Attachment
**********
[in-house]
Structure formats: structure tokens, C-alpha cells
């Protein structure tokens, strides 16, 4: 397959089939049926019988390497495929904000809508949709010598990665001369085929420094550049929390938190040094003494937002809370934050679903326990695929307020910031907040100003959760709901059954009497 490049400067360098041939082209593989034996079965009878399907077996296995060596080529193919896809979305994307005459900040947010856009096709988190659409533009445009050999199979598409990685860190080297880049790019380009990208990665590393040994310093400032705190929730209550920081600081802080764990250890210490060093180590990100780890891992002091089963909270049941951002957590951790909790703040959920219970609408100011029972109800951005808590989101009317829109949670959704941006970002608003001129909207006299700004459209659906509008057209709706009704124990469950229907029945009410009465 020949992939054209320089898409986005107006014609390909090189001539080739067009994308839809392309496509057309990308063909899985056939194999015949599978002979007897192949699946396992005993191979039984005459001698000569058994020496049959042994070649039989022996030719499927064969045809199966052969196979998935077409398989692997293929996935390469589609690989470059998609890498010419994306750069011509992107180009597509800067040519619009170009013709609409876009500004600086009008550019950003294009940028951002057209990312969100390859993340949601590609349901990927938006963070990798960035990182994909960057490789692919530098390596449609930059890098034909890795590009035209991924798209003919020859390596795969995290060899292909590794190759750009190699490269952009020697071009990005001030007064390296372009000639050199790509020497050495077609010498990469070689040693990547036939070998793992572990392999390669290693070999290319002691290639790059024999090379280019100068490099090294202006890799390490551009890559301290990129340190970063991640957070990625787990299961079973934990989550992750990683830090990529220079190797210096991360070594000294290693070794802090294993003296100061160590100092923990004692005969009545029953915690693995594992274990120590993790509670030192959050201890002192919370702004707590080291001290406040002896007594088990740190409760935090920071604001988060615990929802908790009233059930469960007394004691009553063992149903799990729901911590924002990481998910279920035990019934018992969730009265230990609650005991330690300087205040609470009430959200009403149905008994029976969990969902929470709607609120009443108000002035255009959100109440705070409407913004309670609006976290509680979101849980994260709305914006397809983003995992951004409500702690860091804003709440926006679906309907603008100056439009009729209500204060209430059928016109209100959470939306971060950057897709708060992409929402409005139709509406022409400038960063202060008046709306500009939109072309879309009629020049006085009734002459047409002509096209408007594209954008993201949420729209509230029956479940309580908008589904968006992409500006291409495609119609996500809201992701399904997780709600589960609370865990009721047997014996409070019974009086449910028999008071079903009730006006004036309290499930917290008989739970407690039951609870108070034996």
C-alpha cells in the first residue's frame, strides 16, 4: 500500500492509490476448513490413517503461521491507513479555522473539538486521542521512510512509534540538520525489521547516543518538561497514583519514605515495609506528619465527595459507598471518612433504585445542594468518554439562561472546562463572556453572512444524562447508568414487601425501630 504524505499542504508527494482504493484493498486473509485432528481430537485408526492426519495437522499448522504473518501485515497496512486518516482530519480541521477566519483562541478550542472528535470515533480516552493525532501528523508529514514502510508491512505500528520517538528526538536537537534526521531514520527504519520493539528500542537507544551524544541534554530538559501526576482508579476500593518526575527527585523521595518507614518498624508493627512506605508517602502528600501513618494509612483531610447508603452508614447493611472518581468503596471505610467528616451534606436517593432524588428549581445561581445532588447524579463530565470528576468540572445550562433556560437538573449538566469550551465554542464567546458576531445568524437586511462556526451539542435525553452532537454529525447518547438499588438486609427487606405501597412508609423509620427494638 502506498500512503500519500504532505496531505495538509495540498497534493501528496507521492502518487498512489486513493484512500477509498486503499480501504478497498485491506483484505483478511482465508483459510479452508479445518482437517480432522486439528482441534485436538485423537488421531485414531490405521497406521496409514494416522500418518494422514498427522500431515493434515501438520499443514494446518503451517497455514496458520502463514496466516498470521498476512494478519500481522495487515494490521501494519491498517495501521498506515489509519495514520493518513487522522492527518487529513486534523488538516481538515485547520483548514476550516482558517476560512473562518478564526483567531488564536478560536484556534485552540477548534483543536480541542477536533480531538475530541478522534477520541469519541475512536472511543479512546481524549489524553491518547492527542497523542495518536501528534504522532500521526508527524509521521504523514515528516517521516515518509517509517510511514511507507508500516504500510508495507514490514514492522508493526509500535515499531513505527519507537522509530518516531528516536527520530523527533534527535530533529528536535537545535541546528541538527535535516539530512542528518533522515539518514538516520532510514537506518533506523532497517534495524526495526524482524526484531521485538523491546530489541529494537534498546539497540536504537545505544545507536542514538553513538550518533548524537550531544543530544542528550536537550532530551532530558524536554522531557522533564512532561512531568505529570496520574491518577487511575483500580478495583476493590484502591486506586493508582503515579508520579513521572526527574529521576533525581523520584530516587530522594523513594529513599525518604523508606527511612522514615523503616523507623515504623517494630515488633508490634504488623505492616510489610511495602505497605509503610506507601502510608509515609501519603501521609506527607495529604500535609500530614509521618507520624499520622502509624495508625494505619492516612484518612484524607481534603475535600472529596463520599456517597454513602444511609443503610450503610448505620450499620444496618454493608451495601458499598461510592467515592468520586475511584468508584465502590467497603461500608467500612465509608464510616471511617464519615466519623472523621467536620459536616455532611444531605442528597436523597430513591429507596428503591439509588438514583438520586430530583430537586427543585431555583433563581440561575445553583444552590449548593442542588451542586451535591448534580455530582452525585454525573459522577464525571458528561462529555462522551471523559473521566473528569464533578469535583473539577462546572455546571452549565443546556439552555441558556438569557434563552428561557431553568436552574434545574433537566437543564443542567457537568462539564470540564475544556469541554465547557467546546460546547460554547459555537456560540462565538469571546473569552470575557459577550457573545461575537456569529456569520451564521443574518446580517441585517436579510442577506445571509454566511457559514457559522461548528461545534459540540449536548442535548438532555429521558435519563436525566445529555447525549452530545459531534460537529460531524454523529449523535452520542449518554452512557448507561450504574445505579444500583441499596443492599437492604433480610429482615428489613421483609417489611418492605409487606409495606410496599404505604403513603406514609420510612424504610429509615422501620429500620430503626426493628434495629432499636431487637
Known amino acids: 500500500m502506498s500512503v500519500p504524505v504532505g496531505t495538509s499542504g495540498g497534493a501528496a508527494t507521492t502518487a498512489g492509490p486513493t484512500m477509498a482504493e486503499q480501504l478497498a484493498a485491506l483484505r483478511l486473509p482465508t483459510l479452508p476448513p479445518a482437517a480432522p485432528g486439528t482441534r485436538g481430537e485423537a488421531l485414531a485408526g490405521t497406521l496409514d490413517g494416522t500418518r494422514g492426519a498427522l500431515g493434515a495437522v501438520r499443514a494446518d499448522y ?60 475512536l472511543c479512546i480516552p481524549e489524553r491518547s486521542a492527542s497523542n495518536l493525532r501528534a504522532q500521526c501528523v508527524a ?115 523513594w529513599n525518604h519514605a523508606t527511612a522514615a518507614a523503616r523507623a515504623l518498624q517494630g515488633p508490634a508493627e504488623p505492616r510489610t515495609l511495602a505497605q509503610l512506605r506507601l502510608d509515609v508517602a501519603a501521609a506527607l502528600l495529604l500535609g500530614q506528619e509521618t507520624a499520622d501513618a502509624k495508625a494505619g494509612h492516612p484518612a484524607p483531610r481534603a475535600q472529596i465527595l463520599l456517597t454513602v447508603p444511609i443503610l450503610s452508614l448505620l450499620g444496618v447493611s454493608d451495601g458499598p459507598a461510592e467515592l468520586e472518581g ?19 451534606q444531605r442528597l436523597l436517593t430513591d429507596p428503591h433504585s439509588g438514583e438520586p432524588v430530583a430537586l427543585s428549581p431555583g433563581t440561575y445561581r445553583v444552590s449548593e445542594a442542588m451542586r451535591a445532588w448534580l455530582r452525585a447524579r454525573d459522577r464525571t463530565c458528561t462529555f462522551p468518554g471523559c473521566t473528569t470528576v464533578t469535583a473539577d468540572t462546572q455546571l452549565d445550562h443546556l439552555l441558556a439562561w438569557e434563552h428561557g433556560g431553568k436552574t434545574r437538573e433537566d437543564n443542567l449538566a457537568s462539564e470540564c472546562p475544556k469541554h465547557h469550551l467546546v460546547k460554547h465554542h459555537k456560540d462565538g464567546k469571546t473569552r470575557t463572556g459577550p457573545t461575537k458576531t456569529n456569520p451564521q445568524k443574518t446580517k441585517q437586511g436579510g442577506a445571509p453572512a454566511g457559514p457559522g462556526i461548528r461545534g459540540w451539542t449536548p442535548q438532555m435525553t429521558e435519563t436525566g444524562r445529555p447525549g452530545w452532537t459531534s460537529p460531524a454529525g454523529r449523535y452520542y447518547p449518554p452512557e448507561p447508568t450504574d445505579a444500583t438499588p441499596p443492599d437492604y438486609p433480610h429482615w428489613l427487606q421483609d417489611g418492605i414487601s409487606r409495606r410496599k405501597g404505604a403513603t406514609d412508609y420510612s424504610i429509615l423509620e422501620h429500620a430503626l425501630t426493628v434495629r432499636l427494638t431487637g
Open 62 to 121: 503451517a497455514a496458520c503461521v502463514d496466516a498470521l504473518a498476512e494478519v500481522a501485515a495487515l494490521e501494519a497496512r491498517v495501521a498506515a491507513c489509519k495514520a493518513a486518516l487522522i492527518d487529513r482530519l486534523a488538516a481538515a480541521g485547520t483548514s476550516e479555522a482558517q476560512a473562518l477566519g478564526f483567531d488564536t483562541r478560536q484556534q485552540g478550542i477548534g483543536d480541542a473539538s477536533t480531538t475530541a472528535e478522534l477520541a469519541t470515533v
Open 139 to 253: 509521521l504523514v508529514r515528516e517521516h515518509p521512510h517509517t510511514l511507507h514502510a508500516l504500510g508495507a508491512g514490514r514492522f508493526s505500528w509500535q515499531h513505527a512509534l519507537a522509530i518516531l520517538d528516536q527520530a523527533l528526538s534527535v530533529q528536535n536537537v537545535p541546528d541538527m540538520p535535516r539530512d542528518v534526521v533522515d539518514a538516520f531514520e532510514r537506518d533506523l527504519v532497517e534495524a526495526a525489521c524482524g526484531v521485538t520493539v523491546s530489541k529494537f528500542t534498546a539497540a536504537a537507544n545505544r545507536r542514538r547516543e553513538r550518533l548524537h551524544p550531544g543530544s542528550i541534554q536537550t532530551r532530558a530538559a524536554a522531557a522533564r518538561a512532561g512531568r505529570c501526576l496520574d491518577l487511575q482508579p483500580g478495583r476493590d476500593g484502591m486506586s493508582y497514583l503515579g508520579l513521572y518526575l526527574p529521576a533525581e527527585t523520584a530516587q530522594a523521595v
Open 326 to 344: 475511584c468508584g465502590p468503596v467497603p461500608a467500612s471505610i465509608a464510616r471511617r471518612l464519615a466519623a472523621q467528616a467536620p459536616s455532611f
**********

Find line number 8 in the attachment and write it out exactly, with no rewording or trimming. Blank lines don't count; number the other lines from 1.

Open 326 to 344: 475511584c468508584g465502590p468503596v467497603p461500608a467500612s471505610i465509608a464510616r471511617r471518612l464519615a466519623a472523621q467528616a467536620p459536616s455532611f